Barefoot Science Found Helpful For Bunions

Hallux valgus, otherwise known as bunions, is a deformity of the joint connecting the big toe to the foot.

What is the cause of a Bunion?

Bunions occur after the 40 intrinsic foot muscles, that are responsible for forming the arch, become weak or atrophied as a result of being cushioned, supported or braced with an orthotic from birth. Without a functional arch, the flattened foot and bone structure has nowhere to go but out, creating a bunion. When we take a step the front of the foot naturally stays or gets wider to assist in the gripping and launch process. When you are wearing tight shoes this splaying or gripping action causes the big toe to tap against the side of the shoe which causes the body to lay a protective layer of bone which is why the Bunion grows over time. “When the arch becomes dysfunctional pressure is applied to the side of the hallux (big toe), forcing it inwards, towards and sometimes under or over the other toes.” Continual application of pressure causes the tissues surrounding the joint to swell and become tender. Unless surgically corrected, bunions are permanent. Barefoot Science will stop the growth of bunions and reverse the symptom to a degree. If you do not address the weak foot muscles and form a functional arch after surgery the bunion will reform.

Hallux valgus can have a number of negative effects which include irritated skin around the bunion; pain when walking; joint redness and pain; possible shifting of the big toe towards the other toes; and the formation of blisters around the bunion site.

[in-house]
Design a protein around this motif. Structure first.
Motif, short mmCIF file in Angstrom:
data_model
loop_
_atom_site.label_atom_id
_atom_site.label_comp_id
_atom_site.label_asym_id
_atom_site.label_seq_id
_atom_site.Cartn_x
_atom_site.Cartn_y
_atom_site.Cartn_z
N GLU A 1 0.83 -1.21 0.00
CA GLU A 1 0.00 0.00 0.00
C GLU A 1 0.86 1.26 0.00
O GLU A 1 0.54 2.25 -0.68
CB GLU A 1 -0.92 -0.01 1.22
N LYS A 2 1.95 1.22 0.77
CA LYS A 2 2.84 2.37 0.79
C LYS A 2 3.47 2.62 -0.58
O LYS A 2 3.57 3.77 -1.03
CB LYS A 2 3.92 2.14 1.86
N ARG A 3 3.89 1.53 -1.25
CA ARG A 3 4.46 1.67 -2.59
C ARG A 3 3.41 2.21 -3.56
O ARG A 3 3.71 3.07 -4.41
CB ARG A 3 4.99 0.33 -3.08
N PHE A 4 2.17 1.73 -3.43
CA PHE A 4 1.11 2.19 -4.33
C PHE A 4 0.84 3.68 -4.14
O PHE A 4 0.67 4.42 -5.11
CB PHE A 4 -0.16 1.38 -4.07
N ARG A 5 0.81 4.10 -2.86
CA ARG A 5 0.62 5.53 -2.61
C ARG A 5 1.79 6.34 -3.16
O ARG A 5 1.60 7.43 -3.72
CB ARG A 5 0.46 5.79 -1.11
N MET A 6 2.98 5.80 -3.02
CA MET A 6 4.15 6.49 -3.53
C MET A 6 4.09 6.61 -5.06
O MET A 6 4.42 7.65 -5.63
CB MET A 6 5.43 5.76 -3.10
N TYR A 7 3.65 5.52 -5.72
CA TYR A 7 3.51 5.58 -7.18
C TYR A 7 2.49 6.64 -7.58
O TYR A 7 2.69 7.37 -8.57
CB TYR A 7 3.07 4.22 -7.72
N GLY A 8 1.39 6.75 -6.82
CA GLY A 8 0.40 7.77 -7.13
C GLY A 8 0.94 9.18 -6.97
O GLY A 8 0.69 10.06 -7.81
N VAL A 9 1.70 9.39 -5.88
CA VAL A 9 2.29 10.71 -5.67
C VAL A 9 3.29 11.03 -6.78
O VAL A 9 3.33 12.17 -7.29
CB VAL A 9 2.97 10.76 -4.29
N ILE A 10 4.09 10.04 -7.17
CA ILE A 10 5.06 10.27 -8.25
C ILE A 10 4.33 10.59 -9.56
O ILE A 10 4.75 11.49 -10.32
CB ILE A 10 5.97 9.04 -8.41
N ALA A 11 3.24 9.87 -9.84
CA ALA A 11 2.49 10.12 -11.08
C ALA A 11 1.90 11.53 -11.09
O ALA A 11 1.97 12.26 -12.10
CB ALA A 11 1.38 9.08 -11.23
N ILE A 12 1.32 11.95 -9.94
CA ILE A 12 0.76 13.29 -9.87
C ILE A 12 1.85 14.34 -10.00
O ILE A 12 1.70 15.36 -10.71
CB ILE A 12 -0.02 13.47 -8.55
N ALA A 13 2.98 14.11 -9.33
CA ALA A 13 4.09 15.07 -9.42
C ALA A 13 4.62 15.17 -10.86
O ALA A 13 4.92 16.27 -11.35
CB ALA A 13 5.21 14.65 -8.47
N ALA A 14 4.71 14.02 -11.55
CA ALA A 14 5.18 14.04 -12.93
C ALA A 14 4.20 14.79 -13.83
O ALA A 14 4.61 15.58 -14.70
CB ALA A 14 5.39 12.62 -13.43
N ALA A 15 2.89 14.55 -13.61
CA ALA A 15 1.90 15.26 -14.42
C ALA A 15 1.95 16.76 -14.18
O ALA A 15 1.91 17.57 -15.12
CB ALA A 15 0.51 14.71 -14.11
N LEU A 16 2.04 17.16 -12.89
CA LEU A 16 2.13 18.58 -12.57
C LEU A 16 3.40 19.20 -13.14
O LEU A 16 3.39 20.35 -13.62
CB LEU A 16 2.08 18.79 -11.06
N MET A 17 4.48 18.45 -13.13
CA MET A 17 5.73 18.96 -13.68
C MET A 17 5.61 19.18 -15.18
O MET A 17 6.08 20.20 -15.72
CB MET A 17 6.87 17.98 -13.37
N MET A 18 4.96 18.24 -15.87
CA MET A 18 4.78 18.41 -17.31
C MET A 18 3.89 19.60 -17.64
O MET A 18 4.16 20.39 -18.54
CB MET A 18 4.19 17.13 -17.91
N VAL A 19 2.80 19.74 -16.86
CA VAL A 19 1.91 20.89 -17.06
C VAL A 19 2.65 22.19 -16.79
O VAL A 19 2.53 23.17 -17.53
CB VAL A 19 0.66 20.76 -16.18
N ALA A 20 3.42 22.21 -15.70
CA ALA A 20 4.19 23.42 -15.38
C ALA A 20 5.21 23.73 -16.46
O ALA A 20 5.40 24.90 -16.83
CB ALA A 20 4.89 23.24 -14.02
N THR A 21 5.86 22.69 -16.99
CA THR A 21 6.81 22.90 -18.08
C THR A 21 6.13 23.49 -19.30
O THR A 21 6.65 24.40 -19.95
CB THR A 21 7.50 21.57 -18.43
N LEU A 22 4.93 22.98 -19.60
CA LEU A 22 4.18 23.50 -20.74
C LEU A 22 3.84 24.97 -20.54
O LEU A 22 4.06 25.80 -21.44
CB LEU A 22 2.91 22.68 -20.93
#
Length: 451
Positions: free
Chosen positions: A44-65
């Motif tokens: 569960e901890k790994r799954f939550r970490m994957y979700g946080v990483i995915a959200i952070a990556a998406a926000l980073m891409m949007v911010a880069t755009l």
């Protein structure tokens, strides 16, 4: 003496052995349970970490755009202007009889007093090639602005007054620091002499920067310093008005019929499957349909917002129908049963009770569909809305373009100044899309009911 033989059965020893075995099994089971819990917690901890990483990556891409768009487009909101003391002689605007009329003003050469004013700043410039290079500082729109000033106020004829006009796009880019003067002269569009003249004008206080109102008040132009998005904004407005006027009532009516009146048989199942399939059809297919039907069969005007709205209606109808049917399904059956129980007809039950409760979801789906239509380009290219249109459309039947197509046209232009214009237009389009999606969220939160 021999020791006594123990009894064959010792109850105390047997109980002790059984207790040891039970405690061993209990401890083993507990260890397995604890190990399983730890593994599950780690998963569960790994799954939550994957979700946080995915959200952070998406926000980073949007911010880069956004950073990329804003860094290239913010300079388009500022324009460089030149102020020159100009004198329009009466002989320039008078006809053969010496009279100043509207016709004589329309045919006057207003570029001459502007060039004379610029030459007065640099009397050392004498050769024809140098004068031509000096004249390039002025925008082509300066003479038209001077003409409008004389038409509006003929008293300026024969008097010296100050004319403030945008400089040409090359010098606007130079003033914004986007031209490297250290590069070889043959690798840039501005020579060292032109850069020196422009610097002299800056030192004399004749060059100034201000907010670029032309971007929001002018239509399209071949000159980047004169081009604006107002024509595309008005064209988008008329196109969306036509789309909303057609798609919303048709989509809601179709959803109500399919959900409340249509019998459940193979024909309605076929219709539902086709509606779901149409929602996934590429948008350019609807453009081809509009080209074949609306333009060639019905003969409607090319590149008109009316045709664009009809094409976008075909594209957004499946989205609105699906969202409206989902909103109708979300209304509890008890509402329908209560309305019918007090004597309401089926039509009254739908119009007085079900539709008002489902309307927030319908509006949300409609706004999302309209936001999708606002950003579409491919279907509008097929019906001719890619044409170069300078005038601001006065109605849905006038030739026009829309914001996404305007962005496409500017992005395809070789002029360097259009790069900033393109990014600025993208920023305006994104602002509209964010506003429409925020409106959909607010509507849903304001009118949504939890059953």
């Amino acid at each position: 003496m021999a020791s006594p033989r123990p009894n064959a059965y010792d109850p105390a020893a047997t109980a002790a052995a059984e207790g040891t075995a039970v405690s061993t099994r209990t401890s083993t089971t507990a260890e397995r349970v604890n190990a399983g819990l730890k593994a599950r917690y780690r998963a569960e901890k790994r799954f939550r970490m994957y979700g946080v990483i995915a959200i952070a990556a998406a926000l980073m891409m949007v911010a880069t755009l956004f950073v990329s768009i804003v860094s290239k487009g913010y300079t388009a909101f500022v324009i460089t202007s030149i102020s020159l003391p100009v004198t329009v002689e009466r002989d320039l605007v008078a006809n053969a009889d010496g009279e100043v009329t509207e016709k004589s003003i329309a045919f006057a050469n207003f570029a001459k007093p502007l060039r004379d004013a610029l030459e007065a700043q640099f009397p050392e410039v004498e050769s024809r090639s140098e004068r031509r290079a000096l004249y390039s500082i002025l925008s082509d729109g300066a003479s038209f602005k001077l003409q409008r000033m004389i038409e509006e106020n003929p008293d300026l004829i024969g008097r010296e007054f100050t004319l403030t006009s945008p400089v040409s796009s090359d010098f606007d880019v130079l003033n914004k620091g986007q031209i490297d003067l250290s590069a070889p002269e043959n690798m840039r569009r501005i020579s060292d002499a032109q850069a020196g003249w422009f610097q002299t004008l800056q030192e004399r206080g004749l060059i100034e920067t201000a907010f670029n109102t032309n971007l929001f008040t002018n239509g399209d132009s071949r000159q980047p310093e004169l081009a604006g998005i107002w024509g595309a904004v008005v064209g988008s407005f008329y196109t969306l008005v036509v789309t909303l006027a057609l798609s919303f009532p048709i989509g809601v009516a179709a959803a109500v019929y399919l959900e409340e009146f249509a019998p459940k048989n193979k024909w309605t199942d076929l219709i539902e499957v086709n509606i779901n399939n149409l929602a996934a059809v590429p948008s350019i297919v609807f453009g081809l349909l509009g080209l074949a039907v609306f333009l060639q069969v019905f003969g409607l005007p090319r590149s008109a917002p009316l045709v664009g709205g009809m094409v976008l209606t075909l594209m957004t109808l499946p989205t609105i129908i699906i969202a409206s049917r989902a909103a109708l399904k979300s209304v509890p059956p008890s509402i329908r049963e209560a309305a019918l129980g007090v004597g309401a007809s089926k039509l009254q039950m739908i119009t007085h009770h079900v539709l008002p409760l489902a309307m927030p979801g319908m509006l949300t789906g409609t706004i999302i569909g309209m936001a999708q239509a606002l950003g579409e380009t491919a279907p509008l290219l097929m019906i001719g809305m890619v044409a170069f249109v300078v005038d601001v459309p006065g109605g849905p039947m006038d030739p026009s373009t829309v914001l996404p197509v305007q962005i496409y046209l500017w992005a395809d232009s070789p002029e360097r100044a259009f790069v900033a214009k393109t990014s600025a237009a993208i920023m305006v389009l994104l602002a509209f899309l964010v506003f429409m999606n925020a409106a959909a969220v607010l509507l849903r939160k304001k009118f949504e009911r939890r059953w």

Problems can range in difficulty from finding proper fitting shoes (people with bunions might often buy larger sizes to accommodate the width the bunion creates), loss of balance and good posture, to severe foot pain even without the constriction of shoes. Because the joint at the base of the big toe carries most of the weight when walking, bunions can cause severe and constant pain. Those who suffer with stiff joints or arthritis can have a difficult time tolerating pain caused from bunions.

Hallux valgus can be hereditary only in people that have worn restrictive footwear from birth. It is an affliction that tends to affect women far more often than men, due to the fashion footwear that they choose to wear over a long period of time.

Treatments for the symptoms of hallux valgus can include wearing a toe spacer or bunion splint; using warm soaks, ice packs, ultrasound and massage; use of non-steroidal anti-inflammatory drugs; and in extreme cases, surgery.